|Artist||Blaeu, Willem Janszoon|
|Published||Amstelodami Guiljelmus Blaeuw excudit. [c.1640]|
|Dimensions||352 x 475 mm|
Willem Blaeu's map of Chile, from a Latin edition of the Atlas Novus, and, alongside that of his chief rivals the Hondius family, the earliest separate map of Chile to appear in an atlas. The map is oriented with East to top, and outlined in beautiful hand colour with principal towns and settlements picked out in red. The map stretches from Isla Grande de Chiloe at right to Puerto Viejo at left, bordered all the way along by the Andes, shown pictorially. The only settlements beyond the 'Sierra Nevado de los Andes' are the Argentinian towns of Mendoza and San Juan. The blank spaces of the map are largely filled with decorative flourishes, including a large scale in Gallic, Spanish, and German miles, a numbered key in a ribbon, a baroque title cartouche, a pair of compass roses, a pair each of sailing ships and sea monsters, and the Blaeu's imprimatur topped by an armillary sphere.
The Blaeu family were one of the most famous publishers of maps, globes and atlases during the seventeenth-century. Cartographers, globe makers and booksellers, the Blaeu business flourished in Amsterdam for over 40 years, until a fire destroyed their premises in 1672. They lost all of their plates, prints and stock, which effectively ruined the firm.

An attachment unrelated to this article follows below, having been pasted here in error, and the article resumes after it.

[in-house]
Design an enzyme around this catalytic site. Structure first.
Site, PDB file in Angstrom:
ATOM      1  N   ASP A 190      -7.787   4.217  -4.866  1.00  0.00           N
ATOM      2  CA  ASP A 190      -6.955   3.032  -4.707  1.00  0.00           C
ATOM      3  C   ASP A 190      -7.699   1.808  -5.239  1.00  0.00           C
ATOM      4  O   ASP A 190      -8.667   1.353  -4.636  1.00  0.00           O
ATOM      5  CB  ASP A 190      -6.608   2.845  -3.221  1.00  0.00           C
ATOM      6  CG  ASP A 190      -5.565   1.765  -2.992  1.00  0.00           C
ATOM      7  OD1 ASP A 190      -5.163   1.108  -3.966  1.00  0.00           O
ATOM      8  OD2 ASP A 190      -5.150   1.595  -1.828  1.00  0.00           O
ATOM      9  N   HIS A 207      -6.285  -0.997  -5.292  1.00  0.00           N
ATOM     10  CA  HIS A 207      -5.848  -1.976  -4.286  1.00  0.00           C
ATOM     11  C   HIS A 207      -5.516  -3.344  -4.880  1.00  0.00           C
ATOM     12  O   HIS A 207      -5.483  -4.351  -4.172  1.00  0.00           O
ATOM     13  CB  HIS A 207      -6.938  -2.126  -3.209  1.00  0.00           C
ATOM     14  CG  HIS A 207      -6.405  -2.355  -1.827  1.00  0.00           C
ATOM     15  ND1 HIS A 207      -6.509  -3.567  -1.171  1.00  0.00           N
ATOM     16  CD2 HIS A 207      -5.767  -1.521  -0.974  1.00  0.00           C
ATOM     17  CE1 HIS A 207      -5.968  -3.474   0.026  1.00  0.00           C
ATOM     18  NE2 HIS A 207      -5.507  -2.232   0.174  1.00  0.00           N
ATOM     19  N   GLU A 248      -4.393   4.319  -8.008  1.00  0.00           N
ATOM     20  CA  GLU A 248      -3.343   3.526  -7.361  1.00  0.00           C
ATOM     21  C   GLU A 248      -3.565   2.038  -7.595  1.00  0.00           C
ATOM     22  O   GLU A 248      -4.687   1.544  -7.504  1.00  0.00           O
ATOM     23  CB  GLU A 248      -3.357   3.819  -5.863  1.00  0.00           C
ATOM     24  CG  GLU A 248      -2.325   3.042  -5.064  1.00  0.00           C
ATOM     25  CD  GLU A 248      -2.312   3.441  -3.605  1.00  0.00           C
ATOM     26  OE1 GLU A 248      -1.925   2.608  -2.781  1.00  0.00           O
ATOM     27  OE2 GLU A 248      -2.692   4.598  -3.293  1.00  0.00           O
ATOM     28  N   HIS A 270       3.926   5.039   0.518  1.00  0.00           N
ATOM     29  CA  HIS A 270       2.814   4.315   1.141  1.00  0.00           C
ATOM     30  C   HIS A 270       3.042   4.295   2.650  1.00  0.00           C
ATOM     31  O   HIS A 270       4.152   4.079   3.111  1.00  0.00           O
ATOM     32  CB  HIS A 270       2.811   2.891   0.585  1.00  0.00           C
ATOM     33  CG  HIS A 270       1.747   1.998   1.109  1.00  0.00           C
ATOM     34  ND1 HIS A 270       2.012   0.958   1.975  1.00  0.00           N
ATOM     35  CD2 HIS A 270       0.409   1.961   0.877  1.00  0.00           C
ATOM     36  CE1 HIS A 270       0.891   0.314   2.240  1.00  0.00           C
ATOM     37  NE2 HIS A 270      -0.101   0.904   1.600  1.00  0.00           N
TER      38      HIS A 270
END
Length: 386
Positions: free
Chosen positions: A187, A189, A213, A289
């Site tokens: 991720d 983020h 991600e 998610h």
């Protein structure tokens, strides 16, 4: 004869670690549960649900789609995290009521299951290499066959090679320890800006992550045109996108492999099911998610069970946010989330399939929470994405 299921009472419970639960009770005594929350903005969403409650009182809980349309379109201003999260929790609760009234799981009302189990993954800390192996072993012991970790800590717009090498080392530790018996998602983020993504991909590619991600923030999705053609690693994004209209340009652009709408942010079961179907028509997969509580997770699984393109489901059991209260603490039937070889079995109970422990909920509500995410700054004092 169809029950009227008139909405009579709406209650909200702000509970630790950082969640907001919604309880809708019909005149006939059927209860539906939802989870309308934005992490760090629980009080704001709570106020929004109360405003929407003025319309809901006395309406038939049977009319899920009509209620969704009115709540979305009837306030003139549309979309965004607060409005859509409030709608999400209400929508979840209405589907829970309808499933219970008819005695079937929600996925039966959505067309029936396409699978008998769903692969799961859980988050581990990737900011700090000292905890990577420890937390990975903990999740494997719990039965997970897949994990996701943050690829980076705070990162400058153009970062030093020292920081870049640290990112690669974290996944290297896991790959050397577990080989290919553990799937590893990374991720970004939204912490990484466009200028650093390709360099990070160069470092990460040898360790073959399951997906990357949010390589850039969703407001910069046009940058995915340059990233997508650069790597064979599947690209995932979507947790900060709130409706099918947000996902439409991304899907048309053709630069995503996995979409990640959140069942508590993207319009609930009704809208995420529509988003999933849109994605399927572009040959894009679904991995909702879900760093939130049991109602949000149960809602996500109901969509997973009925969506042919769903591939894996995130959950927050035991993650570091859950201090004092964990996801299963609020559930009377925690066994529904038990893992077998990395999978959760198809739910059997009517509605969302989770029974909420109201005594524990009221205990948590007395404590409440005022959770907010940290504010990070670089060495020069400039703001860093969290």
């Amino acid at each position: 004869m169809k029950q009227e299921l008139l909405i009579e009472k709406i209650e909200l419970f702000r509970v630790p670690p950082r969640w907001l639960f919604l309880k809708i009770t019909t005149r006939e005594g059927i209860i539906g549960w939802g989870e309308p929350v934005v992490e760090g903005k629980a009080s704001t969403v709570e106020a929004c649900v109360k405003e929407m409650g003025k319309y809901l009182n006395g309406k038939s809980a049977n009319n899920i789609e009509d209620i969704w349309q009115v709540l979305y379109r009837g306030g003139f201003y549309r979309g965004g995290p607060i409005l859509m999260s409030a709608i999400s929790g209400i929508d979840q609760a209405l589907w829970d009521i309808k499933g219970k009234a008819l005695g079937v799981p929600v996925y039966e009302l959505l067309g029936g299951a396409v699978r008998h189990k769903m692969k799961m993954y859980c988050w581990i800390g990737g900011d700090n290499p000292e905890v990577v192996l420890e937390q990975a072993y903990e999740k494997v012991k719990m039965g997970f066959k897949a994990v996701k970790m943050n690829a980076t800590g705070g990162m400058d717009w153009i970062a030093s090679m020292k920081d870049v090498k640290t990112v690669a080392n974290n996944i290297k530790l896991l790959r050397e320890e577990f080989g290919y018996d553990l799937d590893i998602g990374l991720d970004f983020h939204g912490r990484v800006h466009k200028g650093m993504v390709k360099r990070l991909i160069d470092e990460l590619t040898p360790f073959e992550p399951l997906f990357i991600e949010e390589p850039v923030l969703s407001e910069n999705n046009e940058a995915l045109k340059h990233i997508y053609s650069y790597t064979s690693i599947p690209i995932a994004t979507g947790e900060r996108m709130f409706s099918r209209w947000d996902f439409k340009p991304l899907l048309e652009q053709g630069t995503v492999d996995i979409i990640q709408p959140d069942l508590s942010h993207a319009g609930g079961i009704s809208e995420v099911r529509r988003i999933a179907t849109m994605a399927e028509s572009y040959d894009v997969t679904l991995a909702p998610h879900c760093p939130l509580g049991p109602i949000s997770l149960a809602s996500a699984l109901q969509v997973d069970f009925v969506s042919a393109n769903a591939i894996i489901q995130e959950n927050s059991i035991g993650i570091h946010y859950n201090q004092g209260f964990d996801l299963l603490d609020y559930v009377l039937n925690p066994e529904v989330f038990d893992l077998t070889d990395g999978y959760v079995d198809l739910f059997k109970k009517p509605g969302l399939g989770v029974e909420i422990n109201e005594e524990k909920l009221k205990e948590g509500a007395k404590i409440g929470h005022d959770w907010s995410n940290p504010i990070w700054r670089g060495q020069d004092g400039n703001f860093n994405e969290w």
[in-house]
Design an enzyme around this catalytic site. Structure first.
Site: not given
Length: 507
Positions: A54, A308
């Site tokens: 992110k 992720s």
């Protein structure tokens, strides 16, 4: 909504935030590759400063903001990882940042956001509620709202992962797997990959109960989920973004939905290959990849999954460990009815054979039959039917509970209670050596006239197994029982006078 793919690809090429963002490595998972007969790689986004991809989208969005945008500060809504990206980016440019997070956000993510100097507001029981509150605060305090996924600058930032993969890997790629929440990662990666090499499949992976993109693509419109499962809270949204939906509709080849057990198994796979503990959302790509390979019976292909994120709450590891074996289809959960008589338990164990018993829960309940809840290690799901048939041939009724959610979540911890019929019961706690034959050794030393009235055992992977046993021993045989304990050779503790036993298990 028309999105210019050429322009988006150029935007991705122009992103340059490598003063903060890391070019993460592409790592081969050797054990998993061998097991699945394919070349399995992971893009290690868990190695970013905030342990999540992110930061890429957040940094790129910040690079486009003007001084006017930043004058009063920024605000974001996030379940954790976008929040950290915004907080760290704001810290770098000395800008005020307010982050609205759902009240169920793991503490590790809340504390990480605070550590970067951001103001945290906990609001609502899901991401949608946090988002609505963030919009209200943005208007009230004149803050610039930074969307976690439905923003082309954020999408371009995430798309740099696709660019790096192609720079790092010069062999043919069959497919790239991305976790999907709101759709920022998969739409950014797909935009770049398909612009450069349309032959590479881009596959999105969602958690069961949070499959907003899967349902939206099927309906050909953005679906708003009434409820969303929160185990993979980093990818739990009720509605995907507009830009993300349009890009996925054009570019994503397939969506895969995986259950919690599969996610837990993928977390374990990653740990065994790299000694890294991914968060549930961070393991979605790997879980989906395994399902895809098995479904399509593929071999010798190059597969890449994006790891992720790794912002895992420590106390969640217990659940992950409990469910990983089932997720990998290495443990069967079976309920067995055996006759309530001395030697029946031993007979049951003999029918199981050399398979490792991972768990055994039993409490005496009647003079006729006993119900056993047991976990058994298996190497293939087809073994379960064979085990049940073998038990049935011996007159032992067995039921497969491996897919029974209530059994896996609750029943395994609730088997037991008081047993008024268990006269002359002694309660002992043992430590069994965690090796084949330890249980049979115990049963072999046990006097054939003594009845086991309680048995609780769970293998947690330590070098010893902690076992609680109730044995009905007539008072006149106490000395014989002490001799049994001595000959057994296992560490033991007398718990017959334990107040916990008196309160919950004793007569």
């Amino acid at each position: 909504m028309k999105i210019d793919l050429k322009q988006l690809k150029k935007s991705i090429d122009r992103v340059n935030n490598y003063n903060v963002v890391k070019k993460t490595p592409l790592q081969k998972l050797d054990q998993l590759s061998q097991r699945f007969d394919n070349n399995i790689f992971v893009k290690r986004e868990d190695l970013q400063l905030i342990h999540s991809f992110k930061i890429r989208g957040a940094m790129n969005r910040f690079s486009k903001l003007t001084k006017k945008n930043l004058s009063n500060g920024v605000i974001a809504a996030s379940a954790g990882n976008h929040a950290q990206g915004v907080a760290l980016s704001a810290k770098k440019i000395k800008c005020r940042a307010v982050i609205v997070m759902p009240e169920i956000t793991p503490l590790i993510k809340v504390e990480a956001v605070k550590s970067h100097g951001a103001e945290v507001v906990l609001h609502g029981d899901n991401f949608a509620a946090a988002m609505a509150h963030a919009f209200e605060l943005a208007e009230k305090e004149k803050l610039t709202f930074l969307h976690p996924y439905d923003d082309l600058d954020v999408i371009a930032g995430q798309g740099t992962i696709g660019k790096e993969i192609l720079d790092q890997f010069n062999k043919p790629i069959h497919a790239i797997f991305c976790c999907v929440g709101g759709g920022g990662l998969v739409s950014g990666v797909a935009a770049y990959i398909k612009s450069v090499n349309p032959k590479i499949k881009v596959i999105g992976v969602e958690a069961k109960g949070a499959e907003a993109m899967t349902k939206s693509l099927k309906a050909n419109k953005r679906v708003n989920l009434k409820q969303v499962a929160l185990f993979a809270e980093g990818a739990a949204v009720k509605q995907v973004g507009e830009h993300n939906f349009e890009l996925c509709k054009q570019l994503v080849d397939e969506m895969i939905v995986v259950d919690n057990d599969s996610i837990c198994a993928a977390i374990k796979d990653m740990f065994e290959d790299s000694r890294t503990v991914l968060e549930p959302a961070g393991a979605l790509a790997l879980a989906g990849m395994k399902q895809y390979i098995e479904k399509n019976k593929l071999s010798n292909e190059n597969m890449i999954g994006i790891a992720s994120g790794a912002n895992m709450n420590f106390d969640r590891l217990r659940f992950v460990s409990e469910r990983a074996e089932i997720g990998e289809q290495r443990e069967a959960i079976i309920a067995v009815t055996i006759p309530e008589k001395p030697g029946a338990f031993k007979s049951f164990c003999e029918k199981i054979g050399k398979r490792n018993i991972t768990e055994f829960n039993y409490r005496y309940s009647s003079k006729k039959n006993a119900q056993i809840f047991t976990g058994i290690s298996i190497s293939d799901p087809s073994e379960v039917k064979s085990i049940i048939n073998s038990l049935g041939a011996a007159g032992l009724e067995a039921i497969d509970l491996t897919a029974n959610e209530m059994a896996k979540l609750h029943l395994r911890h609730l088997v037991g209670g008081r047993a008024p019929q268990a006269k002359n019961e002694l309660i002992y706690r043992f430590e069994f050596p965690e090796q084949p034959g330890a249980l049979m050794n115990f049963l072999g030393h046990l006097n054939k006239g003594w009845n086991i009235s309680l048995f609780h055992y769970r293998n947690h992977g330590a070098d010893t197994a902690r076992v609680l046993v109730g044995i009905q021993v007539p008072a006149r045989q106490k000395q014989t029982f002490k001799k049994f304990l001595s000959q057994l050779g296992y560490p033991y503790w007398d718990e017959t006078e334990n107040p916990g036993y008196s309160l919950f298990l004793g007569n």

Willem Janzoon Blaeu (1571-1638) founded the family business in 1596. It initially functioned as a globe and instrument makers, but soon expanded into maps, topography and sea charts. The acquisition of thirty-eight copper plates from the estate of Jodocus Hondius in 162 together with twenty-two of his own maps enabled Blaeu to produce his first atlas, the 'Atlas Appendix' in 1630. The Atlas Novus was Willems great work; a major work which intended to include the most up-to-date maps of the entire world. He issued the first two volumes in 1635, but died in 1638 before the atlas was completed. The running of the business was passed on to his sons Johannes (c.1596-1673) and Cornelius, in addition to the role of the official cartographer of the East India Company. After the death of Cornelius in 1644, Johannes continued the business alone and established his own reputation as a great mapmaker. Johannes completed his father's grand project, culminating in 1658 in the production of the famous 'Atlas Major', regarded as one of the greatest achievements in the history of cartography. The county maps of England and Wales formed volume four of Blaeu's great atlas, this volume being first published in 1645 and re-issued without any alterations in 1662 as the fifth volume instead of the fourth.
Condition: Central vertical fold, as issued. Minor time toning and foxing to sheet. Edges of sheet gilded. Latin text on verso. Old adhesive stains to verso.